NOVOSVITLIVKA, Ukraine — On one of the last warm days of autumn, Father Vladimir shed his priest's robes and scaled a rickety wooden ladder to replace the shattered windows on the once-golden cupola of his village church.
From there he could hear a cacophony of hammering, scraping of shovels and the clattering of rubble against tin — the sounds of a village trying to pull itself back together.
For more than two months after a week of heated combat between Ukraine's army and rebel separatists, Novosvitlivka residents have lived without light, gas, water and now, with cold weather settling in, heat.
The village is one of the worst damaged in a constellation of towns and cities throughout separatist-held Ukraine that have begun, haltingly, the process of rebuilding since the signing of a cease-fire on Sept. 5.
Even bigger cities like nearby Luhansk still have not fully restored basic services. There is little money available for major projects and almost no help or direction from the authorities — neither from those in Kiev nor from the rebels who have held sway here since the spring and want to establish their rule over the region.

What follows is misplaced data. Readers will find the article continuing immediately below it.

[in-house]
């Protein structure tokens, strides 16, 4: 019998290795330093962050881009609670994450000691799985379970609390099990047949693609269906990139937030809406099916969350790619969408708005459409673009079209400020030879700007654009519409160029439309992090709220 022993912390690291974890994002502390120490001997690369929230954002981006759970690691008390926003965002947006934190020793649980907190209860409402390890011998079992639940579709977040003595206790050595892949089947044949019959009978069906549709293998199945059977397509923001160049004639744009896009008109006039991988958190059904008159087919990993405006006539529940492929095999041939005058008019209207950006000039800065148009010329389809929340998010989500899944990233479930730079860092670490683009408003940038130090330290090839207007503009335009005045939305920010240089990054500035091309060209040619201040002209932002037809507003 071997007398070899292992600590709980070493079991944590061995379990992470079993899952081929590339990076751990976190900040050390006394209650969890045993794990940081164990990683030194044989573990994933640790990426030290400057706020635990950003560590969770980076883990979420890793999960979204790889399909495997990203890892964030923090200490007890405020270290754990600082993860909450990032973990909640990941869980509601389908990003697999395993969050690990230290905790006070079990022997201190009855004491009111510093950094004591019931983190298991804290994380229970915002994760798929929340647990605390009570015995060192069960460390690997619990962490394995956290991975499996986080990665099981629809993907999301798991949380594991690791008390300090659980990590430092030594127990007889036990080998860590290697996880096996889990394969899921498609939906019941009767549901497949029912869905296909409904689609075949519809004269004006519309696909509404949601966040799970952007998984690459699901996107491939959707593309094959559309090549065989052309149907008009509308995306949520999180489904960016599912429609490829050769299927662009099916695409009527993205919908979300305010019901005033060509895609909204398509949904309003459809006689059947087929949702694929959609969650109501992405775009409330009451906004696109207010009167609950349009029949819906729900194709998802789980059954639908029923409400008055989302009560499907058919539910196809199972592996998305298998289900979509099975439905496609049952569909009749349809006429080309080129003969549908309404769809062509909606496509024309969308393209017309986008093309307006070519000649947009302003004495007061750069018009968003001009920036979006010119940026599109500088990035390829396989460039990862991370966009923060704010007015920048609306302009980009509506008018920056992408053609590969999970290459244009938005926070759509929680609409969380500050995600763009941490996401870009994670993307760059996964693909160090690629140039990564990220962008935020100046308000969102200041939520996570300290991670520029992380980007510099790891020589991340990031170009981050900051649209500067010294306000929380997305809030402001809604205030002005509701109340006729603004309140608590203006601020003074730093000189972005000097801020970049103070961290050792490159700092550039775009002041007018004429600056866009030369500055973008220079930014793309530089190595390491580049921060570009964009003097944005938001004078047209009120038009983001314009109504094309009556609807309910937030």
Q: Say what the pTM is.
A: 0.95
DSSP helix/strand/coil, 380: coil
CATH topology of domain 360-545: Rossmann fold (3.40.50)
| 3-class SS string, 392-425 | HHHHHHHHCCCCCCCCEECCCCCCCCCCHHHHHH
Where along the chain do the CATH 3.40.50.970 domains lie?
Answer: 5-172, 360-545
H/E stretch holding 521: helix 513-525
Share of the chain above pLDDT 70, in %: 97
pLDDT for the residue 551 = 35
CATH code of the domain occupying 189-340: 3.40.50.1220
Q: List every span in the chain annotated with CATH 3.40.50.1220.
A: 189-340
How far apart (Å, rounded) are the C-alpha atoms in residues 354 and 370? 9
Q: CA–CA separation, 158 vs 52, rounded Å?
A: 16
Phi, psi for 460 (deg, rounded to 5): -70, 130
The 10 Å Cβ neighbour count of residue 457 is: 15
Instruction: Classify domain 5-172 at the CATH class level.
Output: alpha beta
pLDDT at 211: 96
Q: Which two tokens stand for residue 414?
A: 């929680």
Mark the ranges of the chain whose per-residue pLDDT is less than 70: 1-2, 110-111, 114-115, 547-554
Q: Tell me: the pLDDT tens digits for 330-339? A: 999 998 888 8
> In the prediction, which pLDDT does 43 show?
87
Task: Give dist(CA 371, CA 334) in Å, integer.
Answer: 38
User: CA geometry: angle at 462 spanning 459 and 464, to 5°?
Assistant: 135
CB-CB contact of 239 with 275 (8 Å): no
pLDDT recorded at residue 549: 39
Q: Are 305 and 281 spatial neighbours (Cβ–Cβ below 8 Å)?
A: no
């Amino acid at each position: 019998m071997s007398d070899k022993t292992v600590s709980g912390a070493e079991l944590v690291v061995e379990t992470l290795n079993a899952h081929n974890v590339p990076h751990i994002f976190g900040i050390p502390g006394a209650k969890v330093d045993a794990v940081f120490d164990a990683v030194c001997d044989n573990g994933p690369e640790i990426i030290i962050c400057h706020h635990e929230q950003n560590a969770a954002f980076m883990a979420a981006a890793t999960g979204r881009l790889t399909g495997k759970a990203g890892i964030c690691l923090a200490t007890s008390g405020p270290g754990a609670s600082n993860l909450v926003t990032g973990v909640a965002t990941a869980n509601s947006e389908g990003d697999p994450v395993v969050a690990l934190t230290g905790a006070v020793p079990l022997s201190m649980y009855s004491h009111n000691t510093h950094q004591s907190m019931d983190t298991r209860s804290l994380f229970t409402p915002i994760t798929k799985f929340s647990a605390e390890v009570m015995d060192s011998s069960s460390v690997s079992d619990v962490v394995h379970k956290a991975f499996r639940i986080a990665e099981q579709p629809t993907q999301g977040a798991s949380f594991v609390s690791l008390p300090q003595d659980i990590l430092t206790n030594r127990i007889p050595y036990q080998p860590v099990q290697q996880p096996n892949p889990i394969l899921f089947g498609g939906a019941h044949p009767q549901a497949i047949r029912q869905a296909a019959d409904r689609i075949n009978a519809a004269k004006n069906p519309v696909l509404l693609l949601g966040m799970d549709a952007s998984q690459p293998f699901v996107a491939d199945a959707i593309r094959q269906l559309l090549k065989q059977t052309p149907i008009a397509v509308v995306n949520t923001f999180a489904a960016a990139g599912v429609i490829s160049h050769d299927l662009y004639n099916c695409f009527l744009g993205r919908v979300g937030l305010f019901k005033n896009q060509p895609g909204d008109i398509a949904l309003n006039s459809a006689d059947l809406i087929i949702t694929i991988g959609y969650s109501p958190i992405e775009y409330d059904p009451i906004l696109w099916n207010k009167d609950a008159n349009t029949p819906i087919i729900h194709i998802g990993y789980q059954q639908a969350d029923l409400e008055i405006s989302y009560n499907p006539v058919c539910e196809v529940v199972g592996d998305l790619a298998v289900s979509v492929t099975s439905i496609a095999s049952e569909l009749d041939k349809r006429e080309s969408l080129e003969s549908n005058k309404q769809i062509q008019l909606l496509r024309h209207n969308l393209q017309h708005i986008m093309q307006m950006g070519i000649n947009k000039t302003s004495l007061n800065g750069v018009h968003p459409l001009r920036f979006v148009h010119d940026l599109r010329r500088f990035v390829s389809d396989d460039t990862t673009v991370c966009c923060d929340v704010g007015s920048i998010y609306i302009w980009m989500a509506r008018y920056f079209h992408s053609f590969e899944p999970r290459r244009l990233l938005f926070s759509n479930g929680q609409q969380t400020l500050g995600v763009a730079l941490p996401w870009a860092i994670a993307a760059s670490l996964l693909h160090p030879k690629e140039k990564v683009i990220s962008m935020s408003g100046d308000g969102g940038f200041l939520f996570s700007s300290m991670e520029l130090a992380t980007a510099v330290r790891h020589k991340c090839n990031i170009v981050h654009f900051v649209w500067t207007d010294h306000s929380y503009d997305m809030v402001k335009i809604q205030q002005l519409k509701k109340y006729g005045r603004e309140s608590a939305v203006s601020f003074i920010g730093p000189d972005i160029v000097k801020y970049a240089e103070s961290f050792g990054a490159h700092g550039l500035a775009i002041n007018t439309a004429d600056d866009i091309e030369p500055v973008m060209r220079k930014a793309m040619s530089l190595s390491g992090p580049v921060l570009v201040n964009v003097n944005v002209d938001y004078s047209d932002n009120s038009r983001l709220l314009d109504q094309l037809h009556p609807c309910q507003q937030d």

On Sunday, the people of the rebel-held Luhansk and Donetsk regions will be asked to vote in local elections, which the Ukrainian government says are illegal, to elect a new government that Russia has promised to recognize. What remains to be seen is whether the Russian-backed rump state that is likely to emerge will be able to govern and restore a region torn by war.
It is not clear where the regions will get the money to rebuild. In the absence of a basic agreement on the degree of autonomy the eastern governments will exercise, Kiev has cut off pension payments and is withholding funds for reconstruction. Russia has shown little interest in underwriting the area, since it remains a part of Ukraine.